Edit: I mean think about it, they know our government is deficit spending like mad therefore they know that the dollar is being debased like crazy it's lost 97% of it's purchasing power against gold since 1974 when the petrodollar was created. So, it makes sense they'd just route more dollars to their bank accounts to account for the debasement.



edit on 10-1-2018 by SkeptiSchism because: (no reason given)



posted on Jan, 10 2018 @ 11:25 AM
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There's also an estimated $1,500 trillion in derivatives denominated in dollars, there has to be some kind of collateral for all those bets. So dollars might be funneled into accounts to back up the derivative hedges.



posted on Jan, 11 2018 @ 06:30 PM
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Army Finds $830 Million In "Missing" Helicopters As First Ever Audit Begins

After several decades of nation-building and trillions of dollars missing or improperly recorded, the long-awaited audit of the U.S. Department of Defense (DoD) has finally begun. On Wednesday, the Defense Department Comptroller David Norquist told lawmakers in Washington that the DoD’s first-ever department wide audit will cost about $367 million in 2018 and an additional $551 million to fix the problems.

Norquist, who testified before the House Armed Services Committee, said Defense Secretary James N. Mattis and Deputy Defense Secretary Patrick M. Shanahan are in full support of the audit. Back in May 2017, President Trump appointed Norquist to finally put the military’s financial house back in order after many years of delays.

..

And in a preview of what is to come, Norquist told the House Armed Services Committee that an initial Army audit found 39 UH-60 Black Hawk helicopter ($830,700,000) were not adequately recorded in the property system. "The Air Force identified 478 structures and buildings at 12 installations that were not in its real property system,” he added. In other words these helicopters were simply "missing" on the books.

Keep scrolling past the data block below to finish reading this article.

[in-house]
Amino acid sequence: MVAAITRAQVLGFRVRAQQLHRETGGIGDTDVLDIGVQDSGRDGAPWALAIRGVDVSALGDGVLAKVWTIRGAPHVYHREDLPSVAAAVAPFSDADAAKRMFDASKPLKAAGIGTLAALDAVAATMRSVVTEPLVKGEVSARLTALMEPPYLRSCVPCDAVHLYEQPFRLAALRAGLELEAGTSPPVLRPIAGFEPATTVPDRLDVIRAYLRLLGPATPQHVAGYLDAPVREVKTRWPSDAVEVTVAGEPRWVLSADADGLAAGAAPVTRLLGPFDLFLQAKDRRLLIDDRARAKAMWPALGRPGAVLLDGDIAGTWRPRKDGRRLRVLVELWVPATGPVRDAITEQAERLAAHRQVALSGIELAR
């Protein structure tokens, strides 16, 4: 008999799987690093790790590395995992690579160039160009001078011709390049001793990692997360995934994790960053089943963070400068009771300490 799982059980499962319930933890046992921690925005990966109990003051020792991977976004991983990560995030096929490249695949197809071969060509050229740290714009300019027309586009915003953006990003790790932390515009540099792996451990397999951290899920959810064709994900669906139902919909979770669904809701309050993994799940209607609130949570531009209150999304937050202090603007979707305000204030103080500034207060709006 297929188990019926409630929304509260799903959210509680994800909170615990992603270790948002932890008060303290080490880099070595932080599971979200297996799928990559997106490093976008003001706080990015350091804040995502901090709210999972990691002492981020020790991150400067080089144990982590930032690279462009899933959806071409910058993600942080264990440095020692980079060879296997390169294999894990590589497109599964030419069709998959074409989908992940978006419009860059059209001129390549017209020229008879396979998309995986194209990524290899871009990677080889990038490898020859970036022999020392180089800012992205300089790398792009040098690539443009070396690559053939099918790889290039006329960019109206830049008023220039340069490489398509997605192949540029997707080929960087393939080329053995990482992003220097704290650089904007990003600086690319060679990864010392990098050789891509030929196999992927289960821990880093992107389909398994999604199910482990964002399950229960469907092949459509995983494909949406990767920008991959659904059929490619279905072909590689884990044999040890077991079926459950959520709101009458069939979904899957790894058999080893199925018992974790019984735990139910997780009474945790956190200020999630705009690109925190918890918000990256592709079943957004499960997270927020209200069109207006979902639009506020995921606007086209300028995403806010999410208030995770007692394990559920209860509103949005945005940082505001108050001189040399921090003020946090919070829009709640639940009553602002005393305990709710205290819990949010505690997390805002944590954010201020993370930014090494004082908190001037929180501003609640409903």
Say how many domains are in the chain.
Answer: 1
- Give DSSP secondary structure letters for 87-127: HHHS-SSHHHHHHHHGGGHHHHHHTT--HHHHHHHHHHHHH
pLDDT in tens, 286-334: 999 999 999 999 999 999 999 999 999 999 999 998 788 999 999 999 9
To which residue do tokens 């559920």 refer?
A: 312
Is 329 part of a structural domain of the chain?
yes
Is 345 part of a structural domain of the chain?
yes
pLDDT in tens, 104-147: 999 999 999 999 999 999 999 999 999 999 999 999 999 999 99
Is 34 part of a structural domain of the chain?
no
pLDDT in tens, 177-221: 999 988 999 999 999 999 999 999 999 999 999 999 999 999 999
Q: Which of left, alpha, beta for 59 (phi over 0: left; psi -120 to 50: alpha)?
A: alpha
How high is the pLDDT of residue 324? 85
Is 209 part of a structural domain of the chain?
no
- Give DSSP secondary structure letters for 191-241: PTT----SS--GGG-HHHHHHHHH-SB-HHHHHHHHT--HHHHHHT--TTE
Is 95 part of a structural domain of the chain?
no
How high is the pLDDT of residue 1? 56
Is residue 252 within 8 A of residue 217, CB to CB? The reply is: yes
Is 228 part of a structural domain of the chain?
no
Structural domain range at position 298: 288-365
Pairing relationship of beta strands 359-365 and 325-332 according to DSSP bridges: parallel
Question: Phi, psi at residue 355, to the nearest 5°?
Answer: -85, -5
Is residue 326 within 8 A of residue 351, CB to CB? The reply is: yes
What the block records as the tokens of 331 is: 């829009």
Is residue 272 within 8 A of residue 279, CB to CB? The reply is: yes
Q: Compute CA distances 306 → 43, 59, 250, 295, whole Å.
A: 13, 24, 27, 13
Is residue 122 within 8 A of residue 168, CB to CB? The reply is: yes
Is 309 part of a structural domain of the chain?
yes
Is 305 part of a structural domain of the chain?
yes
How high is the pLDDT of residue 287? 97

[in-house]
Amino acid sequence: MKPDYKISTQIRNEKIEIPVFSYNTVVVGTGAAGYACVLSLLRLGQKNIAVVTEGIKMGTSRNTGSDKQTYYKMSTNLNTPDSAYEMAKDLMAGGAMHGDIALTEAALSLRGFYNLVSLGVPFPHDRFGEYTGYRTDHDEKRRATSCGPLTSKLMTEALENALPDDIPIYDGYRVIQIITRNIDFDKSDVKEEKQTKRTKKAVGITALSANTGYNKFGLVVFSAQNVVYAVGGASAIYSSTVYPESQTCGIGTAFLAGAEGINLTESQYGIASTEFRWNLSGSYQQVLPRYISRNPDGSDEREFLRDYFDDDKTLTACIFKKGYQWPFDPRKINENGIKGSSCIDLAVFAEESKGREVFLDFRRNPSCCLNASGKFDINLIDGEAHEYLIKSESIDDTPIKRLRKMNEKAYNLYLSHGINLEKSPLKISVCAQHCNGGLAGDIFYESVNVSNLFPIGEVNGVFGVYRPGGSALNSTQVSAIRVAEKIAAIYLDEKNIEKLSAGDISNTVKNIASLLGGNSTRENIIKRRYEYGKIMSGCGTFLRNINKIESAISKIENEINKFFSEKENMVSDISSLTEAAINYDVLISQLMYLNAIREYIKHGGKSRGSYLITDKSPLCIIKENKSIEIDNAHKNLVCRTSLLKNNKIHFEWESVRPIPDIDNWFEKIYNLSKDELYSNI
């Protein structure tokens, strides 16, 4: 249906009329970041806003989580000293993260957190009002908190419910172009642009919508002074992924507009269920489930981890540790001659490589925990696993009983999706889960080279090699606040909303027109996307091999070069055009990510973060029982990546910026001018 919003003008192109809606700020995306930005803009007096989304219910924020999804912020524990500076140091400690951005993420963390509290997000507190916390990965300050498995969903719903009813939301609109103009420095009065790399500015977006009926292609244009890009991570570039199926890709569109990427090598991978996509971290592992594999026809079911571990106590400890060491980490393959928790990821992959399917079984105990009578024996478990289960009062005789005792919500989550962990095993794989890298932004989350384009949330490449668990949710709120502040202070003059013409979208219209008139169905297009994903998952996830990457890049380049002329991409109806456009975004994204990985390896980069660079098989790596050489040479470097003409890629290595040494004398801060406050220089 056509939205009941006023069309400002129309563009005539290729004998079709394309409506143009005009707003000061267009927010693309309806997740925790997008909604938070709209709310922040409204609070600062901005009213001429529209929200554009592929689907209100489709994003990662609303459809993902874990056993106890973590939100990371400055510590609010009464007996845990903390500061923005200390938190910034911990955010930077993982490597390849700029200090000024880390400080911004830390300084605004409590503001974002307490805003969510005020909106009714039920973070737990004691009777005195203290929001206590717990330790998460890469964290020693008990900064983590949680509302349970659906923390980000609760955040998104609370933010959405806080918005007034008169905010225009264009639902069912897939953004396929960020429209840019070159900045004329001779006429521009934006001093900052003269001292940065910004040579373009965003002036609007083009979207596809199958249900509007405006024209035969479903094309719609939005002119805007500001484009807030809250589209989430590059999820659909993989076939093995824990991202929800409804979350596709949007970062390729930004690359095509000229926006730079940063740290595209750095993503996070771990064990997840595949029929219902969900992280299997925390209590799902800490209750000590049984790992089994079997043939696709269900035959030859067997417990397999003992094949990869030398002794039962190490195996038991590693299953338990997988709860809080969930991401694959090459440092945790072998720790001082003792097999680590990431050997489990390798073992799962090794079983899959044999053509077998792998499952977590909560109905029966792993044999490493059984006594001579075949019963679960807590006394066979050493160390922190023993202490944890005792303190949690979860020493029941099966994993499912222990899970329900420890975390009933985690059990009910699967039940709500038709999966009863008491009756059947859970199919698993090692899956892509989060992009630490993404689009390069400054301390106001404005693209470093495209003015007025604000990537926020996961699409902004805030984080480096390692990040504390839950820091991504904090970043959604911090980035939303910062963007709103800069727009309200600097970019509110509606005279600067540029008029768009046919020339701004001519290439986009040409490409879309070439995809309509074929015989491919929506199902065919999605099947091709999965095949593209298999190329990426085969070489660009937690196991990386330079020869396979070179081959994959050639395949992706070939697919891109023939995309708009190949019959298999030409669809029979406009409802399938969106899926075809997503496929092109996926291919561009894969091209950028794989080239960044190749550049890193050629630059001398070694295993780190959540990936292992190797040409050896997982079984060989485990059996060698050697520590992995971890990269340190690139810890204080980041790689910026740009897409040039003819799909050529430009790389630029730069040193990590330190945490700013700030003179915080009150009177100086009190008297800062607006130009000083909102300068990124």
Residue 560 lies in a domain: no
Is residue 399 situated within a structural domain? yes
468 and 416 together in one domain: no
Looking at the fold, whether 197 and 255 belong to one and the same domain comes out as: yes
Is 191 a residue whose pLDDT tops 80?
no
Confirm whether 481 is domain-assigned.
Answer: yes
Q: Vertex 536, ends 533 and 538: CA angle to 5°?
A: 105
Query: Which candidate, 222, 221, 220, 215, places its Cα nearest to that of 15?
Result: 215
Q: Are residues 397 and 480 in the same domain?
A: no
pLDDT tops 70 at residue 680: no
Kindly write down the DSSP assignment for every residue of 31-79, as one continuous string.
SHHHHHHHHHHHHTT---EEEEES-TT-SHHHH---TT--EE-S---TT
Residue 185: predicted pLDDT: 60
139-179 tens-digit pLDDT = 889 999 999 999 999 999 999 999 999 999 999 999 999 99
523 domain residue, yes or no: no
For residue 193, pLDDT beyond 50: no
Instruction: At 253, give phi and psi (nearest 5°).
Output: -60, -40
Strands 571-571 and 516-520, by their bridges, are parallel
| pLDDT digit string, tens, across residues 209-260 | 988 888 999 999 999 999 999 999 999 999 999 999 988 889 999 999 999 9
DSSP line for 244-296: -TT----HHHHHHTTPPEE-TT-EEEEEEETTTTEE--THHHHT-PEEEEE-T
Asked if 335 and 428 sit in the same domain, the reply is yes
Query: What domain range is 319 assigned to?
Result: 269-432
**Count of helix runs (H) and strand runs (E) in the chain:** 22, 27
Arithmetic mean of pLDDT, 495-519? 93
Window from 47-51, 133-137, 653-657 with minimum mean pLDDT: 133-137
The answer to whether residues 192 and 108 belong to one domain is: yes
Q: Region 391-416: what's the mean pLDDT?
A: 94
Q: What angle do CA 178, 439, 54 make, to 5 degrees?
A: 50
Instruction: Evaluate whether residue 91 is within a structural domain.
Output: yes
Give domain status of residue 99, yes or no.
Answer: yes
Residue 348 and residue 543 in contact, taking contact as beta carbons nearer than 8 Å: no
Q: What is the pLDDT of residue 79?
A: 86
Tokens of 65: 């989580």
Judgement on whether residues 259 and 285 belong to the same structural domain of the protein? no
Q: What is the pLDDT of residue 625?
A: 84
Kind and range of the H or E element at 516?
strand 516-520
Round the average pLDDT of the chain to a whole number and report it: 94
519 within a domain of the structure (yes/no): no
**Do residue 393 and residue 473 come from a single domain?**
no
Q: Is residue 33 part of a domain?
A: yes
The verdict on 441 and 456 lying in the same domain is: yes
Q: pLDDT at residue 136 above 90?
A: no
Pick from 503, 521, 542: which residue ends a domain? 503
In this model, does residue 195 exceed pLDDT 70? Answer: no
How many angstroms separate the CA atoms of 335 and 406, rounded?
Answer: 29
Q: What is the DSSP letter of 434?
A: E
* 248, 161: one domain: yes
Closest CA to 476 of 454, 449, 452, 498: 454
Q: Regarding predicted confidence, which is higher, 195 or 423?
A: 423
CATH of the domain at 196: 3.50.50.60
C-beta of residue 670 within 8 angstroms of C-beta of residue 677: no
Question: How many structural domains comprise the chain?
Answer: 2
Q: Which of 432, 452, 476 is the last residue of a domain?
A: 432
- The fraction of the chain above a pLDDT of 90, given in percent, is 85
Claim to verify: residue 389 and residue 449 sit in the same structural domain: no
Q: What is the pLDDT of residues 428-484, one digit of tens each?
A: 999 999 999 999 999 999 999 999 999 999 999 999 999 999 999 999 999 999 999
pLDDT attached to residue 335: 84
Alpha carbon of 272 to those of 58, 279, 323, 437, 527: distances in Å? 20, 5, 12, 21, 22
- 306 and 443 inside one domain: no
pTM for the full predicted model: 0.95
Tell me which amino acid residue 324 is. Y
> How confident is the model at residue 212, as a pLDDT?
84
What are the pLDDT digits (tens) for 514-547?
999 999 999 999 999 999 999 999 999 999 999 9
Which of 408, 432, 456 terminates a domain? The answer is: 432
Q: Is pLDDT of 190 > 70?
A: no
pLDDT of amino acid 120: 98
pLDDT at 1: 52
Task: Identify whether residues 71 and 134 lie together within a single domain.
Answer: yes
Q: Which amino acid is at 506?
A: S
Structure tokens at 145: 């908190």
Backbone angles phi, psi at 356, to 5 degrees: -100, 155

www.zerohedge.com...

They're on it.




posted on Jan, 11 2018 @ 06:33 PM
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Convenient to misplace 39 helicopters. WTH, they leaving them around for the UN bluehats to find or something?




posted on Jan, 15 2018 @ 02:08 AM
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The political cage match is a distraction to the real issue of debt.



posted on Jan, 15 2018 @ 02:46 PM
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a reply to: SkeptiSchism


That is an observation and question that you will NEVER hear asked or discussed on mainstream media.

For the bureaucrat and government official, some questions are just too darn troublesome to answer. They have a conditioned inability to speak the truth.



posted on Jan, 15 2018 @ 03:48 PM
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a reply to: Salander

“It is difficult to get a man to understand something, when his salary depends on his not understanding it.”

― Upton Sinclair



posted on Jan, 16 2018 @ 11:13 AM
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a reply to: SkeptiSchism

Thank you for posting in this thread. I hadn't checked it in a few days.

This audit thing is really exciting!